There is Hope! Angel lived 8 1/2 years with chronic pancreatitis, which was several years longer than the original prognosis of 2-3. The most important aspects of caring for a dog with pancreatitis are Diet, Exercise and Caring for the digestive tract and affected organs.

My first tip: Do not fast small animals.  Fasting might work for large dogs who have plenty of bodyweight.  If you choose to do this, never withhold water.  Dehydration is very detrimental to the recovery of the animal.  Angel’s second vet taught us to divide a normal meal in thirds and feed small meals every couple hours instead of fasting.  If you have some GastroElm Plus give them 1/2 of a normal dose with each small meal.  This will get them through an acute attack as quickly and painlessly as possible.

Diet – Rule #1 is Very Low Fat, especially in the beginning. Excess fat causes major problems for dogs struggling with pancreatitis. In the wild, dogs tend to eat birds, rabbits and other wild game that is quite low in fat. In fact, dogs don’t need nearly as much fat as what is present in most commercial dog foods. Fat is cheap and tasty, so it makes an enticing filler. I almost exclusively used chicken breast for Angel after her diagnosis. Remove all visible fat, but you don’t have to boil it. Grill it or slow cook it in the oven. If your dog doesn’t tolerate chicken well, then my next choice would be the leanest cuts of beef you can find at the grocery store or meat counter. If in doubt, ask someone at the meat counter or a butcher. If you have access to lean cuts of buffalo or venison those are also great choices.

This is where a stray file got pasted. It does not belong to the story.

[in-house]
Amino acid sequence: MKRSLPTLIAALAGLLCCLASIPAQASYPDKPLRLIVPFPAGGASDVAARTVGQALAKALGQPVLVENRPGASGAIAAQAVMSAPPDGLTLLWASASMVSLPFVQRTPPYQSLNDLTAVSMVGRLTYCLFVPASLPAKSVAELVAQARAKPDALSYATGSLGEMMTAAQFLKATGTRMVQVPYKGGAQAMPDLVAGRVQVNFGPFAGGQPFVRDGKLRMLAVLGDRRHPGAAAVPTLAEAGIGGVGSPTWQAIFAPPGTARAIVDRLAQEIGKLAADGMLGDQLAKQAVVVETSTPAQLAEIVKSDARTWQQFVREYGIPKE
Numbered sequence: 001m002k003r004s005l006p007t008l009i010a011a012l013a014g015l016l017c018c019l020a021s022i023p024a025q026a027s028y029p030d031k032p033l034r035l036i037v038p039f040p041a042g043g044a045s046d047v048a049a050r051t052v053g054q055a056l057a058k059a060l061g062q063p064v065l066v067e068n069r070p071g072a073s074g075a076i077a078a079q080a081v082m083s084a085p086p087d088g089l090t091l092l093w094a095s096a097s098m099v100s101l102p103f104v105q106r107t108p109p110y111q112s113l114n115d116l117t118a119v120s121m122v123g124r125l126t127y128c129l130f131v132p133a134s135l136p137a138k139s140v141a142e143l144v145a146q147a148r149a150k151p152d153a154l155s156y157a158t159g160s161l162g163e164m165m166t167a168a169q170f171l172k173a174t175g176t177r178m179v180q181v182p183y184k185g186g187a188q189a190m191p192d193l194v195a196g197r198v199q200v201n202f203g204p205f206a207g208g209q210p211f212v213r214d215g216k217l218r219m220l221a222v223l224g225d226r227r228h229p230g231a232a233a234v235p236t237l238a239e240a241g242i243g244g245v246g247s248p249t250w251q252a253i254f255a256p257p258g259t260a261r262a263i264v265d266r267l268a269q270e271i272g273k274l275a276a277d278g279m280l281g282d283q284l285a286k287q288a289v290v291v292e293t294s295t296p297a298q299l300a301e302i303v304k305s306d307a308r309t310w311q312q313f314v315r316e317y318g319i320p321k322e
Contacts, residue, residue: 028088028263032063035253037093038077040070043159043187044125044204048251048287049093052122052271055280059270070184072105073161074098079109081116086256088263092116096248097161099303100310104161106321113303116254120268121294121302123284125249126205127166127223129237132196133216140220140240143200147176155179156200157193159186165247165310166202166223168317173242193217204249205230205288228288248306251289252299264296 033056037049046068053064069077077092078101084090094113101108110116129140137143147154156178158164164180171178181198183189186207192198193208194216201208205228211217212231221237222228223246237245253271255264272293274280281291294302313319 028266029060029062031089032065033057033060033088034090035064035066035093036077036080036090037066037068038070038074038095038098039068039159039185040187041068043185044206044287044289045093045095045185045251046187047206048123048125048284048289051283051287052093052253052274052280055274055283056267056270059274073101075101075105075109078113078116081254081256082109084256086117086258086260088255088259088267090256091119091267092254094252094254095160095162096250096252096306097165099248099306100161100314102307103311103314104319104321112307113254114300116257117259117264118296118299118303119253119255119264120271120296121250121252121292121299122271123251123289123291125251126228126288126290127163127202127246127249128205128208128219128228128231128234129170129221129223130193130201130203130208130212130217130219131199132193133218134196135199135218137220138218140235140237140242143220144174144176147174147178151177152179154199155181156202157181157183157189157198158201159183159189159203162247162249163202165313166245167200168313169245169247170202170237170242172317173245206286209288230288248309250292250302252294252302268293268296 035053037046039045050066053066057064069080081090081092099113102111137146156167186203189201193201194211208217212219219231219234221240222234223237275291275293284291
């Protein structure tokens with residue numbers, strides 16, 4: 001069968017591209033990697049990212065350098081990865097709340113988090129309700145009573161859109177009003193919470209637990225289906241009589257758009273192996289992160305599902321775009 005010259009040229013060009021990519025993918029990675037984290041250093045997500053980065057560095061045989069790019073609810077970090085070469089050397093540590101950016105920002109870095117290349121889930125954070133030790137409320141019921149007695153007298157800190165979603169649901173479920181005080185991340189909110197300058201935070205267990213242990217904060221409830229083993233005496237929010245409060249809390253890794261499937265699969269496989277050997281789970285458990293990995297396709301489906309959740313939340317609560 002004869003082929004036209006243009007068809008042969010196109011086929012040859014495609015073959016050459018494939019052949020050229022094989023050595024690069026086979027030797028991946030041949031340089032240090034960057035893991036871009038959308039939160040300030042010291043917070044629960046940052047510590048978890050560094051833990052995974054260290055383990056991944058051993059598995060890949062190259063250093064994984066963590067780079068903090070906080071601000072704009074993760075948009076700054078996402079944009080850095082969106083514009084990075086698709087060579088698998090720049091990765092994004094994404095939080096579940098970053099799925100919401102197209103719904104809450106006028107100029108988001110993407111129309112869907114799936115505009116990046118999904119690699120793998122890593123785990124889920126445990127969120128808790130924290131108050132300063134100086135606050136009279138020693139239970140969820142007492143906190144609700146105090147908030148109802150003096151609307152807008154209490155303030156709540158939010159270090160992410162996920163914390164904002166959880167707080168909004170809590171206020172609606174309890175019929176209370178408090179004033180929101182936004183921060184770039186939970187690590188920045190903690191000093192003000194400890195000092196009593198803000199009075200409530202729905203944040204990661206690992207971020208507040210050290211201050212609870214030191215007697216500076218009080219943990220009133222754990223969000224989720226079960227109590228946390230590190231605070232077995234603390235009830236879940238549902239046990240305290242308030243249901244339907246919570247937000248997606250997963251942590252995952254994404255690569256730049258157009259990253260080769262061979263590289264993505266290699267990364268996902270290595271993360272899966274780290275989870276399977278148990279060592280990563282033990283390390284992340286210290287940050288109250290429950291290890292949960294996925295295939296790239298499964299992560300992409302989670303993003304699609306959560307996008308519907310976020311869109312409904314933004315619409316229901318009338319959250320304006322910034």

Veggies – There are several veggies that work well as they provide some extra fiber to keep them regular. I have found pumpkin to be the most beneficial, because it contains lots of fiber and is also soothing if the animal has tendencies toward diarrhea. Angel also enjoyed green beans, peas, sweet potato, and squash. Angel was very allergic to carrots which is why we didn’t use them, but most dogs enjoy them. Using any of these in rotation to make up about 1/3 of a meal works well.